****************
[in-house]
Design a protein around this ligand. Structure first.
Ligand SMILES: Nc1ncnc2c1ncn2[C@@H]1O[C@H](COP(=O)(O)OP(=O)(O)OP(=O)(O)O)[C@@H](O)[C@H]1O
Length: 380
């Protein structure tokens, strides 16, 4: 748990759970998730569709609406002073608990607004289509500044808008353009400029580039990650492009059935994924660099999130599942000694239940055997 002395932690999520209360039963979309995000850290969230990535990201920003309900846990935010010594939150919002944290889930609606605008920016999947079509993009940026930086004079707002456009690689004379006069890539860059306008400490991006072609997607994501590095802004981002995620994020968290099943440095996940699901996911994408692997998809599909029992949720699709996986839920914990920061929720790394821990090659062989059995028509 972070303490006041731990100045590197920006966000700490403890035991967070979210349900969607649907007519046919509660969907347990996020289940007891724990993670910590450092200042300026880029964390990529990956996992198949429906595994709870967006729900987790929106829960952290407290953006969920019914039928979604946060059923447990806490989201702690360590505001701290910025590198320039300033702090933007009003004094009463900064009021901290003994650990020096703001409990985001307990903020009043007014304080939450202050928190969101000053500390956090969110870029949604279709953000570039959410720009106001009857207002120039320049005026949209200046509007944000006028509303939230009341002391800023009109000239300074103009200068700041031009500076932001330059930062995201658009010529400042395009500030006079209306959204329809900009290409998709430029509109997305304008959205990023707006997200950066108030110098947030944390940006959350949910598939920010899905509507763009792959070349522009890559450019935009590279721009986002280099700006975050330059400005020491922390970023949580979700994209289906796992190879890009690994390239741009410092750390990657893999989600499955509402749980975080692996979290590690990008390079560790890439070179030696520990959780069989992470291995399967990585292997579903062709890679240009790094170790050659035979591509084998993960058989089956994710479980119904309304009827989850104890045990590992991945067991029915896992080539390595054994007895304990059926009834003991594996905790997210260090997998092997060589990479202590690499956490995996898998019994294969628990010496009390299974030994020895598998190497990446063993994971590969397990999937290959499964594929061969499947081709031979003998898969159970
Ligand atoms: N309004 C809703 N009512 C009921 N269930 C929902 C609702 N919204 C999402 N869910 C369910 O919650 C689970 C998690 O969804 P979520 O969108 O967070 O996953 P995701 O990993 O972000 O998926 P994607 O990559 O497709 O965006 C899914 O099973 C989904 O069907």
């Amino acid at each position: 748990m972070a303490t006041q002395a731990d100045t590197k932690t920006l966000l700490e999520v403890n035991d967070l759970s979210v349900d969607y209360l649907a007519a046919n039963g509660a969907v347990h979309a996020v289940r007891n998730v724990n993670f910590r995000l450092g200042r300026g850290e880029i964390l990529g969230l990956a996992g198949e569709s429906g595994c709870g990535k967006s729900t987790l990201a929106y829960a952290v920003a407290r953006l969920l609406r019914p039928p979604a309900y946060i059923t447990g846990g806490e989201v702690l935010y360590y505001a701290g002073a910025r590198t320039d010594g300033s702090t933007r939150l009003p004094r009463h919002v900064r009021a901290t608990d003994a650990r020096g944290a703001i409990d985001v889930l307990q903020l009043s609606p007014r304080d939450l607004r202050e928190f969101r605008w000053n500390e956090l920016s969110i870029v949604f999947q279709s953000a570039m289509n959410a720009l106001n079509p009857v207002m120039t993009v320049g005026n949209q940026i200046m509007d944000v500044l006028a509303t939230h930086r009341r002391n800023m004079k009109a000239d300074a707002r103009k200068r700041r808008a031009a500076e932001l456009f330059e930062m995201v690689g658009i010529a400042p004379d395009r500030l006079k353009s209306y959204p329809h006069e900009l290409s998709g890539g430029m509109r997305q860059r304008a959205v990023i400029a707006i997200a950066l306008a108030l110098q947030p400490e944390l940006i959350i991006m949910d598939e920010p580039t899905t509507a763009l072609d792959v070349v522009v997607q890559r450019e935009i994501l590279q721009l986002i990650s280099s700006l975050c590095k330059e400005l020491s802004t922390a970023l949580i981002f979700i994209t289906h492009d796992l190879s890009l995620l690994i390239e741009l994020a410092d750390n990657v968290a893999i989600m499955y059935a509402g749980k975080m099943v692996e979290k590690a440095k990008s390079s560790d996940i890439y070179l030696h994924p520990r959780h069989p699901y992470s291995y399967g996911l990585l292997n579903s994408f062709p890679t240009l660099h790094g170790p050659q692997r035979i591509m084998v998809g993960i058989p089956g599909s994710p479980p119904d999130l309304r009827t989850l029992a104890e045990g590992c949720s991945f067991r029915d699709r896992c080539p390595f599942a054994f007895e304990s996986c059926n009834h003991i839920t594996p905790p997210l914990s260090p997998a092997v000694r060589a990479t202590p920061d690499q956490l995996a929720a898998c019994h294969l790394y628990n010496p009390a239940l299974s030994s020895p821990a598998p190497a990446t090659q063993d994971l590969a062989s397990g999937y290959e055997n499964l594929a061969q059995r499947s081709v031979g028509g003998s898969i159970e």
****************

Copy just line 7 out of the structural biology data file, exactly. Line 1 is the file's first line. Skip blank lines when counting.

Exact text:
């Amino acid at each position: 748990m972070a303490t006041q002395a731990d100045t590197k932690t920006l966000l700490e999520v403890n035991d967070l759970s979210v349900d969607y209360l649907a007519a046919n039963g509660a969907v347990h979309a996020v289940r007891n998730v724990n993670f910590r995000l450092g200042r300026g850290e880029i964390l990529g969230l990956a996992g198949e569709s429906g595994c709870g990535k967006s729900t987790l990201a929106y829960a952290v920003a407290r953006l969920l609406r019914p039928p979604a309900y946060i059923t447990g846990g806490e989201v702690l935010y360590y505001a701290g002073a910025r590198t320039d010594g300033s702090t933007r939150l009003p004094r009463h919002v900064r009021a901290t608990d003994a650990r020096g944290a703001i409990d985001v889930l307990q903020l009043s609606p007014r304080d939450l607004r202050e928190f969101r605008w000053n500390e956090l920016s969110i870029v949604f999947q279709s953000a570039m289509n959410a720009l106001n079509p009857v207002m120039t993009v320049g005026n949209q940026i200046m509007d944000v500044l006028a509303t939230h930086r009341r002391n800023m004079k009109a000239d300074a707002r103009k200068r700041r808008a031009a500076e932001l456009f330059e930062m995201v690689g658009i010529a400042p004379d395009r500030l006079k353009s209306y959204p329809h006069e900009l290409s998709g890539g430029m509109r997305q860059r304008a959205v990023i400029a707006i997200a950066l306008a108030l110098q947030p400490e944390l940006i959350i991006m949910d598939e920010p580039t899905t509507a763009l072609d792959v070349v522009v997607q890559r450019e935009i994501l590279q721009l986002i990650s280099s700006l975050c590095k330059e400005l020491s802004t922390a970023l949580i981002f979700i994209t289906h492009d796992l190879s890009l995620l690994i390239e741009l994020a410092d750390n990657v968290a893999i989600m499955y059935a509402g749980k975080m099943v692996e979290k590690a440095k990008s390079s560790d996940i890439y070179l030696h994924p520990r959780h069989p699901y992470s291995y399967g996911l990585l292997n579903s994408f062709p890679t240009l660099h790094g170790p050659q692997r035979i591509m084998v998809g993960i058989p089956g599909s994710p479980p119904d999130l309304r009827t989850l029992a104890e045990g590992c949720s991945f067991r029915d699709r896992c080539p390595f599942a054994f007895e304990s996986c059926n009834h003991i839920t594996p905790p997210l914990s260090p997998a092997v000694r060589a990479t202590p920061d690499q956490l995996a929720a898998c019994h294969l790394y628990n010496p009390a239940l299974s030994s020895p821990a598998p190497a990446t090659q063993d994971l590969a062989s397990g999937y290959e055997n499964l594929a061969q059995r499947s081709v031979g028509g003998s898969i159970e």